Objectives: Angioplasty is often used in the management of lower limb ischaemia and can reduce the need for infrainguinal bypass in some patients. There is an associated failure rate with this technique and bypass surgery is often used in this situation as a secondary limb salvage procedure. We aimed to evaluate the outcome of infrainguinal bypass grafting following failed attempt at angioplasty.
Methods: All cases of infrainguinal bypass at a single centre over a seven year period were identified and notes reviewed. Cases were divided into four groups according to their indication for surgery; acute ischaemia, chronic critical ischaemia, failed angioplasty and an 'other' group including aneurysmal disease and claudicants. The failed angioplasty group was compared with the other three groups. Survival analysis was performed using Kaplan Meier curves and groups compared in terms of long term patency and survival.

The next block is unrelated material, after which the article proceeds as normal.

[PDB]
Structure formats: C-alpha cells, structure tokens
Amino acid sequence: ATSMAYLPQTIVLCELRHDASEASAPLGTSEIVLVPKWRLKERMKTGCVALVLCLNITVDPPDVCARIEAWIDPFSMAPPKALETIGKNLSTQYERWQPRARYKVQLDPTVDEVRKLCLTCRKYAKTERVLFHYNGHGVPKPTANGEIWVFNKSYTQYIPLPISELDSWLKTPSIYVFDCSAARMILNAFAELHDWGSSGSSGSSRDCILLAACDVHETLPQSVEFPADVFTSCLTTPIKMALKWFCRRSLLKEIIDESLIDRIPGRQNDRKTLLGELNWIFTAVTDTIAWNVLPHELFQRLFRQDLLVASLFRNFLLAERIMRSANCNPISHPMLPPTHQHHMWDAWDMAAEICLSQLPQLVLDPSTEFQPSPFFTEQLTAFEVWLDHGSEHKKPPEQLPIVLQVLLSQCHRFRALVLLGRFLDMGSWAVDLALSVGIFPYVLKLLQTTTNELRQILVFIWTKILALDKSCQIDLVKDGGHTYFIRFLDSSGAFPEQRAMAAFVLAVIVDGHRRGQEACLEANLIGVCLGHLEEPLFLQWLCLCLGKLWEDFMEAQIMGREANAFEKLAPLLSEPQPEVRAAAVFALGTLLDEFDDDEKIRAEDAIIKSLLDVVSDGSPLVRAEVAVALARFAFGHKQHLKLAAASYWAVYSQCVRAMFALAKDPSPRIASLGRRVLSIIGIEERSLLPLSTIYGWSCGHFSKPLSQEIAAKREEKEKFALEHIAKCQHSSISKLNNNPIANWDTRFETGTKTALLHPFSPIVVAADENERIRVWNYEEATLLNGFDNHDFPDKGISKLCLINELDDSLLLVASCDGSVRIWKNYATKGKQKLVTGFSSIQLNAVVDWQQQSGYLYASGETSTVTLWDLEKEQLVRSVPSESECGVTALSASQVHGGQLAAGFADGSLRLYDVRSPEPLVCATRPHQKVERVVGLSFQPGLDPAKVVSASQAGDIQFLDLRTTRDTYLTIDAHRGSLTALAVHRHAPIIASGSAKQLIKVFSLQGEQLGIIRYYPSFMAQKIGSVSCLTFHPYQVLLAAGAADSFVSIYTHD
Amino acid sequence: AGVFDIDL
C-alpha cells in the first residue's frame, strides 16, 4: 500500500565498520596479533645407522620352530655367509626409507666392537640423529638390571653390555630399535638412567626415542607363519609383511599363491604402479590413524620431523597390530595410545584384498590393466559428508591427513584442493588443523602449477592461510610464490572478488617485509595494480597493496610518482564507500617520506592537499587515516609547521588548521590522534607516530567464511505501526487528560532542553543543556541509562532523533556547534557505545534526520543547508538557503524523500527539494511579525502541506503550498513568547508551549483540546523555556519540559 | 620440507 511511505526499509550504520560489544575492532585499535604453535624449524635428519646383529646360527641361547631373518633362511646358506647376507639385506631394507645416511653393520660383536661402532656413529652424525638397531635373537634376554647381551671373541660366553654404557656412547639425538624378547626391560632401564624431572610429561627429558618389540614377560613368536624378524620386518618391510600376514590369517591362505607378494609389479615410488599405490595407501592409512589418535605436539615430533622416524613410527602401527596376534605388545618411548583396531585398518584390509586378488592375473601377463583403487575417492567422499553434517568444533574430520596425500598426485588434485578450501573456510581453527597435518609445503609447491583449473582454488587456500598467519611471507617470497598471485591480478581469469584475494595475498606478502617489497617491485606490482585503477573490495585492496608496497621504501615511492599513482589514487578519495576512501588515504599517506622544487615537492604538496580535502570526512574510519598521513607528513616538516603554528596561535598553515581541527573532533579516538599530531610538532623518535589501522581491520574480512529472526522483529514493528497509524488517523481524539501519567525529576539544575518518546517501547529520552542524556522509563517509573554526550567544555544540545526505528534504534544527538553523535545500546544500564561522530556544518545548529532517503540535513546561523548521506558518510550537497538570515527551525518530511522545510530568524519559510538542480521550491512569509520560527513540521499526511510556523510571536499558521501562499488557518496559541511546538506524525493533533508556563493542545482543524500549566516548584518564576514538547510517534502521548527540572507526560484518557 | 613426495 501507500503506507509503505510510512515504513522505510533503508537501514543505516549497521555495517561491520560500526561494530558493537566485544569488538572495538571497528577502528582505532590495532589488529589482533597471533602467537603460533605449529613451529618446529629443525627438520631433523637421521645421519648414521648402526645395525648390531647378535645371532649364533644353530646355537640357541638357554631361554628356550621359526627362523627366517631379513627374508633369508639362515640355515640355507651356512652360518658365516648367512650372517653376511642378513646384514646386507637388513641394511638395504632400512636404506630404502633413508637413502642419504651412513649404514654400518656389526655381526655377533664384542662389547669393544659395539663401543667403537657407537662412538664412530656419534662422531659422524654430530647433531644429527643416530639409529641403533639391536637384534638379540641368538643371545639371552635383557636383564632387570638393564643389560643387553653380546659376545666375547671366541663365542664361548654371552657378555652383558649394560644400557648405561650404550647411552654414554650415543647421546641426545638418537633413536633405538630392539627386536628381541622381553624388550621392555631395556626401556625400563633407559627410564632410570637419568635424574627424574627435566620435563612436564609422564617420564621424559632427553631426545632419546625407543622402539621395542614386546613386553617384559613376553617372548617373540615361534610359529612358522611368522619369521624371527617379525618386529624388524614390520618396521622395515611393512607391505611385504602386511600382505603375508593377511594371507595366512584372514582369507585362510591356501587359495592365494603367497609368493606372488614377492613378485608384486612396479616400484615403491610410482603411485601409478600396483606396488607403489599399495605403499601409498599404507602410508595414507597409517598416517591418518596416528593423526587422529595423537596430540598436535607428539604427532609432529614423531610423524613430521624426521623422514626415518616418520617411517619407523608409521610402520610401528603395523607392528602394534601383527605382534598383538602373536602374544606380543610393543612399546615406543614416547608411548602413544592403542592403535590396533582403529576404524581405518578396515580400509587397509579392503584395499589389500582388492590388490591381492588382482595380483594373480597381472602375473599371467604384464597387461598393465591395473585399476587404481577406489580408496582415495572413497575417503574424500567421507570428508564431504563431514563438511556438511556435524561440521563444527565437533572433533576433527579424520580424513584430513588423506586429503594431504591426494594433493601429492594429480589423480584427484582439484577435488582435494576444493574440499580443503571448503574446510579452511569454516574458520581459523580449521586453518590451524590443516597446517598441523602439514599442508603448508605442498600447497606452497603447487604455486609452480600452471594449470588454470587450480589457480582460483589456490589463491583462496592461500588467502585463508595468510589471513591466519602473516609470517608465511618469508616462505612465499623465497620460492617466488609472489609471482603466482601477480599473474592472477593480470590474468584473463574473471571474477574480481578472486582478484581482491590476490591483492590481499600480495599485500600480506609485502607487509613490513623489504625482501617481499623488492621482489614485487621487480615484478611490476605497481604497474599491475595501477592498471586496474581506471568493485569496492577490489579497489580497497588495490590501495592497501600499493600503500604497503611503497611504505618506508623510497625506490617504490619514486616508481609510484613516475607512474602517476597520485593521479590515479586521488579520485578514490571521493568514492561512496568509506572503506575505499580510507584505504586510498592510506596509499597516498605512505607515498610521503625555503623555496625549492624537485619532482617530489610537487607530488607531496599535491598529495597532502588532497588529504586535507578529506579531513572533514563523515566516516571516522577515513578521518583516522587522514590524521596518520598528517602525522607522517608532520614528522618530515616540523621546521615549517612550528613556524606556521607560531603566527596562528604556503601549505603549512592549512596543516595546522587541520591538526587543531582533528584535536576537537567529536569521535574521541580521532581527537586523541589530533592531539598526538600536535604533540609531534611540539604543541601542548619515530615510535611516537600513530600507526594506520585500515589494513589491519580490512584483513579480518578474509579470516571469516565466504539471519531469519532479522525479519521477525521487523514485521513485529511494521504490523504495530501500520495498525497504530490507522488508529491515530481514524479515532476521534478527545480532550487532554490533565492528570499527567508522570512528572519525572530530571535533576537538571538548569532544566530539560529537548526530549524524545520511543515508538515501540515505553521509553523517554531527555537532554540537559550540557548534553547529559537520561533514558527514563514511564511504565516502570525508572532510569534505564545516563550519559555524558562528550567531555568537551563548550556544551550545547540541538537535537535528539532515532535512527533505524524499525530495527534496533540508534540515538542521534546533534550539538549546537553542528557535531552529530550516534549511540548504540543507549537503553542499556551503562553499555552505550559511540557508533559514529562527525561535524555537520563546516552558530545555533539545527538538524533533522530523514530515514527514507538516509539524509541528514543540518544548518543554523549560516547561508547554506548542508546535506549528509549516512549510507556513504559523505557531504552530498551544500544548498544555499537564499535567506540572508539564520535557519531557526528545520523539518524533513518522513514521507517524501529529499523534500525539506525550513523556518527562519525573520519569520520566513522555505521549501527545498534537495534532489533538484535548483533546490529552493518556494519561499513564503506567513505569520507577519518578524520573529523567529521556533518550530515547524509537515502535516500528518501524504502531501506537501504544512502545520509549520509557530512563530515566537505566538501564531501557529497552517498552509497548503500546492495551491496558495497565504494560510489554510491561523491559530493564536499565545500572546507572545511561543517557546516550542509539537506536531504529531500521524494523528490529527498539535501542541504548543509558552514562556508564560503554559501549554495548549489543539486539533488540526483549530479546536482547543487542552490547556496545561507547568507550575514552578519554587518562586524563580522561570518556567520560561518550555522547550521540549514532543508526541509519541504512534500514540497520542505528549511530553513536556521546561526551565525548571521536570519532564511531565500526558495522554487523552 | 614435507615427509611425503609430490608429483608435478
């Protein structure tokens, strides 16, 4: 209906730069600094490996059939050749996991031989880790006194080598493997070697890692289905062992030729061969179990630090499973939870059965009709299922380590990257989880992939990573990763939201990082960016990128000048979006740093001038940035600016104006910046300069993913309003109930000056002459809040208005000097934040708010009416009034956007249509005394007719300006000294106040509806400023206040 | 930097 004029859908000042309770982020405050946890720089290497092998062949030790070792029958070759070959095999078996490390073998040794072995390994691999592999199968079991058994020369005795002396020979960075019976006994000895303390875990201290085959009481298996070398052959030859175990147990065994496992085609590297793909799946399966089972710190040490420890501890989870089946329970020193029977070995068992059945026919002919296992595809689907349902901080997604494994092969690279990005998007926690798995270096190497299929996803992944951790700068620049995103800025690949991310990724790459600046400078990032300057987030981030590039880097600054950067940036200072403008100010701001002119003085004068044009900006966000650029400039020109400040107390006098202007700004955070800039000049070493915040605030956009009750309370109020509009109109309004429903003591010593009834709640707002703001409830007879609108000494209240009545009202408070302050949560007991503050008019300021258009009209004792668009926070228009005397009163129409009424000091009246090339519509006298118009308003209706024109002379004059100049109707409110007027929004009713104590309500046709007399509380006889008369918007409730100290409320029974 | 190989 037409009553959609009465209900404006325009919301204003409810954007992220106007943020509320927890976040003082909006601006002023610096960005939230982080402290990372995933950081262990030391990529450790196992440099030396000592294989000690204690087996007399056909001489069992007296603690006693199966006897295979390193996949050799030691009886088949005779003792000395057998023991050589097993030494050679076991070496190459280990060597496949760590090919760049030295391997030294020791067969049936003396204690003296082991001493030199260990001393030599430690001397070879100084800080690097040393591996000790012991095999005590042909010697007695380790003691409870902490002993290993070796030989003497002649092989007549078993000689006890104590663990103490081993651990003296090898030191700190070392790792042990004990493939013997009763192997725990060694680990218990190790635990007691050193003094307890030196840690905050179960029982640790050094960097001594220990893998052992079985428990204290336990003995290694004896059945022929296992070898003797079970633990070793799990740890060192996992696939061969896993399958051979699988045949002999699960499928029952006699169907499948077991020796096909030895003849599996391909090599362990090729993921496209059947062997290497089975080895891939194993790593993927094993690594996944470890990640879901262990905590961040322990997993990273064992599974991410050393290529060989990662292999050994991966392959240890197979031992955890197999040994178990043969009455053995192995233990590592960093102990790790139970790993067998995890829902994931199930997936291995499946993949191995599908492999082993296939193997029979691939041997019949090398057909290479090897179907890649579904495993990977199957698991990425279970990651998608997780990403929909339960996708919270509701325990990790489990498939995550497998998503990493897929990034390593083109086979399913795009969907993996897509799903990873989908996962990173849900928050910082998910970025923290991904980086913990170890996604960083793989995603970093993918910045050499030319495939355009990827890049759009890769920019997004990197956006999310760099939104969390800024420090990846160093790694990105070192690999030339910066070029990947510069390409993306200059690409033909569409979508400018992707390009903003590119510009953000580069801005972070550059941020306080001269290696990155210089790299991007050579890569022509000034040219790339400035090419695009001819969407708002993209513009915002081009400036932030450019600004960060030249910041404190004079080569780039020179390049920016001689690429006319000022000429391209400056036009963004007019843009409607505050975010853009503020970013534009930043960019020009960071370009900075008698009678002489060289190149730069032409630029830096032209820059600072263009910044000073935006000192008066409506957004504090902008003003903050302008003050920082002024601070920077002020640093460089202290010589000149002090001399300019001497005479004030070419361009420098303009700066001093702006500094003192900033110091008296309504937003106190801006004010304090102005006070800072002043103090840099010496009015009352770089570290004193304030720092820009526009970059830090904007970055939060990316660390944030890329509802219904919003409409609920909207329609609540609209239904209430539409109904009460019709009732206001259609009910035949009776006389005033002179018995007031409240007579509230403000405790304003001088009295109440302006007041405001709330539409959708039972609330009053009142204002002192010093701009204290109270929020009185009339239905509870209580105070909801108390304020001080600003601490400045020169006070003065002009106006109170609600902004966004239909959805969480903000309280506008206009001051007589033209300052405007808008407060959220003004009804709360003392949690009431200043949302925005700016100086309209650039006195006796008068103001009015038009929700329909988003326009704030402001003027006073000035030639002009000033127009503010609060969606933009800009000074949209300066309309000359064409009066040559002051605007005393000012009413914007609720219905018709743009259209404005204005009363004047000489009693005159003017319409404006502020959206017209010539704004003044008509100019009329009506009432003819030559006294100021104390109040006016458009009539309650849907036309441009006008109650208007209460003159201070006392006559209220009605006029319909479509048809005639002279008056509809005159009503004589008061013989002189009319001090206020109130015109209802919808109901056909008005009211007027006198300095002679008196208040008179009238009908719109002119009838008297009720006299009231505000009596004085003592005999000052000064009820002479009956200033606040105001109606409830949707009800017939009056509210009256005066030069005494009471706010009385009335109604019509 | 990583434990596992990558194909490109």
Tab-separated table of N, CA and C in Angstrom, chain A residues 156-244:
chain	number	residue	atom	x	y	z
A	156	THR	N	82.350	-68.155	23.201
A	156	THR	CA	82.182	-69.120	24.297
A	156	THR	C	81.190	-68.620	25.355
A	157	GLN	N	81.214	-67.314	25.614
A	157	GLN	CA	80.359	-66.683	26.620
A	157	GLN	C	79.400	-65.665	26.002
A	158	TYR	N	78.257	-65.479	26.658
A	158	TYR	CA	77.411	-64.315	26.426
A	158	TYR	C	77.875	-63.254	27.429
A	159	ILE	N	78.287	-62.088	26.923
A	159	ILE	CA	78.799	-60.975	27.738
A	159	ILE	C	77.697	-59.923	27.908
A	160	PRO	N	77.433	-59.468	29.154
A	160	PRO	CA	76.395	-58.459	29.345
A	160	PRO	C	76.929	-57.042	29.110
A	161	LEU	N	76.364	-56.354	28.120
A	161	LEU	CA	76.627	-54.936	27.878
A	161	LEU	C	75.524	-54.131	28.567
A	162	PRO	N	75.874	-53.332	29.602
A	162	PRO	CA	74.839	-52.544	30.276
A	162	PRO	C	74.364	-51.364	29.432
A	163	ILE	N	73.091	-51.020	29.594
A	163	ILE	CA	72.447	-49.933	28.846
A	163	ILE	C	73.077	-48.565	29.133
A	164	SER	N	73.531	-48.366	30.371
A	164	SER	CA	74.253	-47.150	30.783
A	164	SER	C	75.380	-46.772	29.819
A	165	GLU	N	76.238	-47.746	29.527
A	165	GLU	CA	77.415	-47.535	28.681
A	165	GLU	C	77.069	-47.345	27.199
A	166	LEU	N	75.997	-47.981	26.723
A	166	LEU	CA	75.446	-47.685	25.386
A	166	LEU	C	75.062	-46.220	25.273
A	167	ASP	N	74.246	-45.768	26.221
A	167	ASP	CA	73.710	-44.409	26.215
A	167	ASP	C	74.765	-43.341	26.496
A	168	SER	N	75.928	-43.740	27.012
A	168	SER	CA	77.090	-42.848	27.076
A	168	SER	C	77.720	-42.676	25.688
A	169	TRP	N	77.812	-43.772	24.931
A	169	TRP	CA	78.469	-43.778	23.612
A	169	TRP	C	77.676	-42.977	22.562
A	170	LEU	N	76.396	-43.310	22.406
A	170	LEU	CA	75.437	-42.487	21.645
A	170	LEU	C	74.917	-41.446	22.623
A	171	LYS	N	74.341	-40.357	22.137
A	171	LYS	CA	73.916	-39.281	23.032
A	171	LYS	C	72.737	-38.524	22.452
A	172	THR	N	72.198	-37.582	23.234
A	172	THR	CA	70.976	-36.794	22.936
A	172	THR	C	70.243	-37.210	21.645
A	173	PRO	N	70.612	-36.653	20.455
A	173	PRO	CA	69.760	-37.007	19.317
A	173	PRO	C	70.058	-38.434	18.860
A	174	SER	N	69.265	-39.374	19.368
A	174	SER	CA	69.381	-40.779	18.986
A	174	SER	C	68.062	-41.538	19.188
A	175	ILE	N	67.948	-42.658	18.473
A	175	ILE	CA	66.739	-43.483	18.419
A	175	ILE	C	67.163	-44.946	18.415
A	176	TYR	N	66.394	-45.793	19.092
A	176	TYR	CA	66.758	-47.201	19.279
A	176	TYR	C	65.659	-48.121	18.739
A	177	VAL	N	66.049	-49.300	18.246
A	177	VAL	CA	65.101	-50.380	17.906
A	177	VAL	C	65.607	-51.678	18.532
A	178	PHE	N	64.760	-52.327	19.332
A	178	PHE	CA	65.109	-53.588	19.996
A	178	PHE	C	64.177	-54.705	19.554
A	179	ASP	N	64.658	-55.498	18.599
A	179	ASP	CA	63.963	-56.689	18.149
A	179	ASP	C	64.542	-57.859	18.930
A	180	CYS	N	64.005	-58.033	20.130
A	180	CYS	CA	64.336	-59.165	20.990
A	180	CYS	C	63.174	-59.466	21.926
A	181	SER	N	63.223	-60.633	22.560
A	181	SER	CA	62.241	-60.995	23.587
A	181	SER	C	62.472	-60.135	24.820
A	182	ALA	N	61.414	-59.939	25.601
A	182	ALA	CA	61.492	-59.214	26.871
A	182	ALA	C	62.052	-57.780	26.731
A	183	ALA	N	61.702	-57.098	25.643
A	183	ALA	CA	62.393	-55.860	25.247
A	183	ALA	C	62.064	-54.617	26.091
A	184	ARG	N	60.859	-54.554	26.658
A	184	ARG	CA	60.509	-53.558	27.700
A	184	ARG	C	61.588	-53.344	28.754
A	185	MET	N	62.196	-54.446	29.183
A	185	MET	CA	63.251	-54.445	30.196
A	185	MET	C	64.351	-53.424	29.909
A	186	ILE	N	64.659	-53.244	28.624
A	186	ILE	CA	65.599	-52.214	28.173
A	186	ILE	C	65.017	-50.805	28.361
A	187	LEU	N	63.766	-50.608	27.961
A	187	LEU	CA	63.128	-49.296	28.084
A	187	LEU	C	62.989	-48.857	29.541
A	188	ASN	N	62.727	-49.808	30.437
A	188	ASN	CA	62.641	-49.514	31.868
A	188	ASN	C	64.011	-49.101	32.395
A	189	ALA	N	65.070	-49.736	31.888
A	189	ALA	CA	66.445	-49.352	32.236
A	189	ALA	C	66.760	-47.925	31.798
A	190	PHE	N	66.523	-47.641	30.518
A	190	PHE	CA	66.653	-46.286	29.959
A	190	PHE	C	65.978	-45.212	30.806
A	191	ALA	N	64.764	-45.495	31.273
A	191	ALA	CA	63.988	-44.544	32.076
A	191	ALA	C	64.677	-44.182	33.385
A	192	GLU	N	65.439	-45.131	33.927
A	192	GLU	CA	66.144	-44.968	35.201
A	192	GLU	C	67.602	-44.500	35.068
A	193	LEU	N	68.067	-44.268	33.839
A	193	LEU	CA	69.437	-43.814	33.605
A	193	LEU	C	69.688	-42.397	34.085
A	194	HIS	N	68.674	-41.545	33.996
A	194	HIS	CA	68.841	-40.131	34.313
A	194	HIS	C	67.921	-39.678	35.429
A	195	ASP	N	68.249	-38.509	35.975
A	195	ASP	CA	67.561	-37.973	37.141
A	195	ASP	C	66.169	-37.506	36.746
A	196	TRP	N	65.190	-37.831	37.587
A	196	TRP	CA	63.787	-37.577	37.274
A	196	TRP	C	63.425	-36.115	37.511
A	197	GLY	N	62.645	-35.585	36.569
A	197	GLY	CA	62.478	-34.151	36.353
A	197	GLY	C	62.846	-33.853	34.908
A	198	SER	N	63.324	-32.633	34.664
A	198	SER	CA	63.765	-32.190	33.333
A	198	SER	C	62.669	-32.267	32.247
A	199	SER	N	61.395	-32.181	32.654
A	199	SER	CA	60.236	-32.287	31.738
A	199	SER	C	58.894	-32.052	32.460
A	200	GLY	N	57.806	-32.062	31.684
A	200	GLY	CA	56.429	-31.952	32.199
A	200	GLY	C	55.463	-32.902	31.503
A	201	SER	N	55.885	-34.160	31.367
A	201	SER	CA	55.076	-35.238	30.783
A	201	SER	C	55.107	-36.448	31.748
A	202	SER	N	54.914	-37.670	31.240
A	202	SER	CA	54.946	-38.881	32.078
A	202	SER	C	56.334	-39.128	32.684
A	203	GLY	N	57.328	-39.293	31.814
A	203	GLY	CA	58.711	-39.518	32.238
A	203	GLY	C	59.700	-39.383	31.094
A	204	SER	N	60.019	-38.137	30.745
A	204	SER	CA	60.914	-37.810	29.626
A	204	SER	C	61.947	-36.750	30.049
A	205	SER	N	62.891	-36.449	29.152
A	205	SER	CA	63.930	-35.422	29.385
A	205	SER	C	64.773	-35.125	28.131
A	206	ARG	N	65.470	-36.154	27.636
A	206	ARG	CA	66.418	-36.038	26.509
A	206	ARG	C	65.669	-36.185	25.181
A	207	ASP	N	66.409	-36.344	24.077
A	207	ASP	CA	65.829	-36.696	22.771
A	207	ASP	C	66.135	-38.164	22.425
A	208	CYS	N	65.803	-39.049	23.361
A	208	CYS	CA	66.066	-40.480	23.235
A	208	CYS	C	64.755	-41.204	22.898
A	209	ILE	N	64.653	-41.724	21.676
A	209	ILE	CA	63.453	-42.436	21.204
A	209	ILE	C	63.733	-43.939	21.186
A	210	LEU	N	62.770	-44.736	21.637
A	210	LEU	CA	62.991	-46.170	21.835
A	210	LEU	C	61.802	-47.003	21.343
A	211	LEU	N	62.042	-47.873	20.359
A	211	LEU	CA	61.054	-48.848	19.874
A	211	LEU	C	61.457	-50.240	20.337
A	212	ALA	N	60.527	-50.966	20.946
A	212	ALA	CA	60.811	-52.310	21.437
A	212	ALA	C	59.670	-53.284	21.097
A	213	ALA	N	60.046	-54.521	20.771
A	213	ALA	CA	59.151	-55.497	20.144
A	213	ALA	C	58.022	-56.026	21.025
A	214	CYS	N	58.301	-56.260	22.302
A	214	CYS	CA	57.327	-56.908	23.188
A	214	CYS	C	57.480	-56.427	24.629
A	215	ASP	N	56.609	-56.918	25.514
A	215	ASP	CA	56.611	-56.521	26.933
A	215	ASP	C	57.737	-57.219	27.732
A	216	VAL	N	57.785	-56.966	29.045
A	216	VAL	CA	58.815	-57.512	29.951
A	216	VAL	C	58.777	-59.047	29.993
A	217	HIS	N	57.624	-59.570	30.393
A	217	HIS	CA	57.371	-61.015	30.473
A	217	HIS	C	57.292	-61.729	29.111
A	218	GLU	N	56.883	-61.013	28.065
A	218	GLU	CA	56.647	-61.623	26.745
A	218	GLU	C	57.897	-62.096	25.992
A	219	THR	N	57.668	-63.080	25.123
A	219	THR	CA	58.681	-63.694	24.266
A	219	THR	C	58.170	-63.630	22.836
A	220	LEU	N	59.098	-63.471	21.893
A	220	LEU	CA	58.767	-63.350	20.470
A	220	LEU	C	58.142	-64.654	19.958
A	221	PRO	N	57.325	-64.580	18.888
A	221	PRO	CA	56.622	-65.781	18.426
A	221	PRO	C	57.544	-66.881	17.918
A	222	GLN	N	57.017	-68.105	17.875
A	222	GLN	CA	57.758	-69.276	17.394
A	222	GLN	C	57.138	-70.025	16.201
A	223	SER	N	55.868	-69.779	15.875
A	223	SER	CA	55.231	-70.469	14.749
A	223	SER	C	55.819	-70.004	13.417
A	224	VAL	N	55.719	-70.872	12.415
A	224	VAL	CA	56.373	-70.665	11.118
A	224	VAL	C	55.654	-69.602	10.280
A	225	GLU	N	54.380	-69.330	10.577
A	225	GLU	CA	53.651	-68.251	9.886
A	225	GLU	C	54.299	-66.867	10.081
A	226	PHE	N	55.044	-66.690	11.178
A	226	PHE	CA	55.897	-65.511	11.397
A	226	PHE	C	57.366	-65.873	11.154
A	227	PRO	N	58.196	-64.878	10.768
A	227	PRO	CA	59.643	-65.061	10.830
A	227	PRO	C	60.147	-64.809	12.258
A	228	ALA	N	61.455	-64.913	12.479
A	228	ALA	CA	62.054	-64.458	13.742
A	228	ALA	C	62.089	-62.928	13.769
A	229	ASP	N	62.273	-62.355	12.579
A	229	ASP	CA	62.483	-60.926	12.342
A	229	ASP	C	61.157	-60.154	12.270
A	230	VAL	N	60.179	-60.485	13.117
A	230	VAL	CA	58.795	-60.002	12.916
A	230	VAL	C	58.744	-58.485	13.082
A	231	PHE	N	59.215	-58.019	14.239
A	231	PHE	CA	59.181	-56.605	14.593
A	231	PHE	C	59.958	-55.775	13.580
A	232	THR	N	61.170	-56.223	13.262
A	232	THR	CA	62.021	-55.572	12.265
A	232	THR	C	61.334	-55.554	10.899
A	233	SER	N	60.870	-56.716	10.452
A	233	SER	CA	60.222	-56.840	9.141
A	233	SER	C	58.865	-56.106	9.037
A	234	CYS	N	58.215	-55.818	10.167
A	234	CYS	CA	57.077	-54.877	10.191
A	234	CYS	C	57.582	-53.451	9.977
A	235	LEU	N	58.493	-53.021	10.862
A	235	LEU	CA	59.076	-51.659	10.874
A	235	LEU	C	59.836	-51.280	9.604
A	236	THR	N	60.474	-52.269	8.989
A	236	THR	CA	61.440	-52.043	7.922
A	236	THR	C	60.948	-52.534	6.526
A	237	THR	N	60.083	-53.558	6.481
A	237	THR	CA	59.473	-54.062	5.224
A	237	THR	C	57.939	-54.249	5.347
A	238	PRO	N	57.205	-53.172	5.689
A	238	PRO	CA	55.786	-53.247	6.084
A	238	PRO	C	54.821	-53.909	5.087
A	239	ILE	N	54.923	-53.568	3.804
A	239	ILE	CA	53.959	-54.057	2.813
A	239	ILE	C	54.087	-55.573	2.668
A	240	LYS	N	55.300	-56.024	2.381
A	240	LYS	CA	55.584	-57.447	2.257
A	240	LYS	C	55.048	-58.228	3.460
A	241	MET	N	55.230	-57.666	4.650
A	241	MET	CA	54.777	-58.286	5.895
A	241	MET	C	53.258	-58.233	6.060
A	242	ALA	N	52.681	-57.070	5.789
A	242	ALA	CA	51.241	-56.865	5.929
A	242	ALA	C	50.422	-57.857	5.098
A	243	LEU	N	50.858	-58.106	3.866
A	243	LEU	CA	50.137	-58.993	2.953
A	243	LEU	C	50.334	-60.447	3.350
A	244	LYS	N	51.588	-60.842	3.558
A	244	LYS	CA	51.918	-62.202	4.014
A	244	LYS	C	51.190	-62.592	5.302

Results: Primary patency was 61.2% in the failed angioplasty group at 12 months compared with 60.6% in the other groups (P=1.11). There was also no significant difference in primary patency at 60 months (50% vs 40.6%, P=0.26). Survival at 12 months was also comparable between the groups (failed angioplasty group 74.2% compared with 77.3% in the other groups, P=0.662) as was 60 months survival (33.3% and 35.4% respectively, P=0.166).
Discussion: In this study, outcome of infrainguinal bypass following failed angioplasty was comparable to outcome of surgery performed for another indication. This paper supports the use of distal bypass surgery for limb salvage in cases where minimal access techniques have failed.